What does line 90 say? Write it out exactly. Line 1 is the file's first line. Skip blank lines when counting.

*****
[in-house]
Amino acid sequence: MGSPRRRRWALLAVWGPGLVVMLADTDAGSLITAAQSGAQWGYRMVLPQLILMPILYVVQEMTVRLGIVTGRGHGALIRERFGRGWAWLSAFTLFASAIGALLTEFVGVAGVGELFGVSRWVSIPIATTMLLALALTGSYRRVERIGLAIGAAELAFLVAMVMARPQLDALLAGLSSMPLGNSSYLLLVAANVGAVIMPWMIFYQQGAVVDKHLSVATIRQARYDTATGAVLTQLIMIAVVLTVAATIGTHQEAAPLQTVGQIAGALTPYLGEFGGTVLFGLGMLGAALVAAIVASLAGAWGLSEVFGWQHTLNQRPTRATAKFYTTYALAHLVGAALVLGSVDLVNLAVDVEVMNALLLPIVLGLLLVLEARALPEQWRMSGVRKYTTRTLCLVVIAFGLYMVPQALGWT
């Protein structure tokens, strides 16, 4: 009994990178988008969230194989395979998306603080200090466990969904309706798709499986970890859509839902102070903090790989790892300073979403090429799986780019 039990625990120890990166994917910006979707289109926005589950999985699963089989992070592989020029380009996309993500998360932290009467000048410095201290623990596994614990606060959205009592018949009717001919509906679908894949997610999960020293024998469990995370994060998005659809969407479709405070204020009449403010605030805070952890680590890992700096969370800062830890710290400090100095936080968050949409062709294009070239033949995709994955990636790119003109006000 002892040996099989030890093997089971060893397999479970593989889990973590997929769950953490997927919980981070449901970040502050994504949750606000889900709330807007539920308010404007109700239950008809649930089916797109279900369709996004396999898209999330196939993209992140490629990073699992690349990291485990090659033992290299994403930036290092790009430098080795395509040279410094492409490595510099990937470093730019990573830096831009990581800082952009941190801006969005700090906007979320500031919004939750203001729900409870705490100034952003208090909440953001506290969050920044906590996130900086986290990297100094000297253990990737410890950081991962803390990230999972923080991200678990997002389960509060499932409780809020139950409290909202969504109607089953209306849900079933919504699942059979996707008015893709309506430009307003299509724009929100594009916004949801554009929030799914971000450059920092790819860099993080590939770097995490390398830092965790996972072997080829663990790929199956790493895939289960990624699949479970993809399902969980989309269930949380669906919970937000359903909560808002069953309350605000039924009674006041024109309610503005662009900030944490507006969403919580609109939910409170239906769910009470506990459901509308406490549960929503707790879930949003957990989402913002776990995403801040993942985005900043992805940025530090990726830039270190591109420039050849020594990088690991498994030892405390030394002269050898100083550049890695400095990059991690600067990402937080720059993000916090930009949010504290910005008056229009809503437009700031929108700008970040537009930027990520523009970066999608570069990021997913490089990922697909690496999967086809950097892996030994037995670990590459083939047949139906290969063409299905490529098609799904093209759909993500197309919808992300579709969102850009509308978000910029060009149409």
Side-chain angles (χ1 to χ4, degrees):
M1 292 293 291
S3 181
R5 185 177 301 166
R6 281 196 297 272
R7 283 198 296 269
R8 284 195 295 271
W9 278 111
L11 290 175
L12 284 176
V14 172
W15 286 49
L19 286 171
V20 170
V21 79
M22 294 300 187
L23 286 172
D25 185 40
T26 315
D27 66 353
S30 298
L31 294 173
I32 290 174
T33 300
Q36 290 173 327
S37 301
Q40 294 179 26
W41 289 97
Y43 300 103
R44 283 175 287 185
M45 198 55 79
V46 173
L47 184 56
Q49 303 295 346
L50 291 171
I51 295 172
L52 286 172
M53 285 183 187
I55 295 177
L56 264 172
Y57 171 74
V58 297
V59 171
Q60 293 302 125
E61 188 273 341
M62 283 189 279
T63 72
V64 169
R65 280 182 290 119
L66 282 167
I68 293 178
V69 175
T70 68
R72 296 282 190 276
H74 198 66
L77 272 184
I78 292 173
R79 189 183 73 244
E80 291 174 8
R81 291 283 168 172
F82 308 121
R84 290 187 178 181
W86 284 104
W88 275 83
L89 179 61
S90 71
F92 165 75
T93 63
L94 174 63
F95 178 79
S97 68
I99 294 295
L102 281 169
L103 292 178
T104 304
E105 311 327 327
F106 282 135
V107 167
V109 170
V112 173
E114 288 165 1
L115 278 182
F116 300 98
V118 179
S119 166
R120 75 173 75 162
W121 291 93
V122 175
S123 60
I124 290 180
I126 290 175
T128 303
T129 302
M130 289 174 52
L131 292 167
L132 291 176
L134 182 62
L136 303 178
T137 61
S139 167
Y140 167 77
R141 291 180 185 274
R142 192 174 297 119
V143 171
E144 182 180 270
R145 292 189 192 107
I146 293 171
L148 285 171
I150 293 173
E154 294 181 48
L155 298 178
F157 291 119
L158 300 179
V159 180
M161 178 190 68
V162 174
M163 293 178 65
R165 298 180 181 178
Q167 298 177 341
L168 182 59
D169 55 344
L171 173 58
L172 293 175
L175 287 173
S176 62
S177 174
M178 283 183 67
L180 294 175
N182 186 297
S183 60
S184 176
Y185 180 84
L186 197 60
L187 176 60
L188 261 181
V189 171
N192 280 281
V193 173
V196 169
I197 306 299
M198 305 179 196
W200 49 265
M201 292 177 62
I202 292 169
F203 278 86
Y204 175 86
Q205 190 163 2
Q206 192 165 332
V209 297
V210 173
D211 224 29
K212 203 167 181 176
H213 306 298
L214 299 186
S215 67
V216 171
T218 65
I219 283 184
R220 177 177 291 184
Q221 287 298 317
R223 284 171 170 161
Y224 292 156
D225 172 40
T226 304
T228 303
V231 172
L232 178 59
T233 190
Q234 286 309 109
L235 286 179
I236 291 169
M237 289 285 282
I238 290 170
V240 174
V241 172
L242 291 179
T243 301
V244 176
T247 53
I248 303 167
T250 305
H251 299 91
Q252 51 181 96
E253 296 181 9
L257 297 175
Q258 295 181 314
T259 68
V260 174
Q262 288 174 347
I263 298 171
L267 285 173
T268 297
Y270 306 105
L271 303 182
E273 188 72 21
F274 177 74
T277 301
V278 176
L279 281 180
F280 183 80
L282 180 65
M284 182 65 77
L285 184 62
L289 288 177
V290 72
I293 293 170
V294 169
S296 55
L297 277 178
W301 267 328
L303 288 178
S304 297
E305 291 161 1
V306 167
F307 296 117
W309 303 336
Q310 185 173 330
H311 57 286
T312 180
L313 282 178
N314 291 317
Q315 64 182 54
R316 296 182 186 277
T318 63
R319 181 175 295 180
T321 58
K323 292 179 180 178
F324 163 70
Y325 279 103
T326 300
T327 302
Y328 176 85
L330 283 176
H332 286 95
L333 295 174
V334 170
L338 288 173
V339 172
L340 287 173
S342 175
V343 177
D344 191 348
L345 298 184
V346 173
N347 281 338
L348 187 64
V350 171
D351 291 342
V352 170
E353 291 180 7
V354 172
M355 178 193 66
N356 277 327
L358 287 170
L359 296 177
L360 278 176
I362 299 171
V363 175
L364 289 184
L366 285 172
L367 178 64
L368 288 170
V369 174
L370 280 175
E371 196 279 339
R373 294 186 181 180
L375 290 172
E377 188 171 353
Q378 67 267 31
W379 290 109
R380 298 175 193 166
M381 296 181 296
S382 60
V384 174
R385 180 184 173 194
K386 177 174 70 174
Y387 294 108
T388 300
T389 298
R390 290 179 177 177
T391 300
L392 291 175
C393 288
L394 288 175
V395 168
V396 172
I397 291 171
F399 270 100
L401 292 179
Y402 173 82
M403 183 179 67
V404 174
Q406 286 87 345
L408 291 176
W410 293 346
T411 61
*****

W121 291 93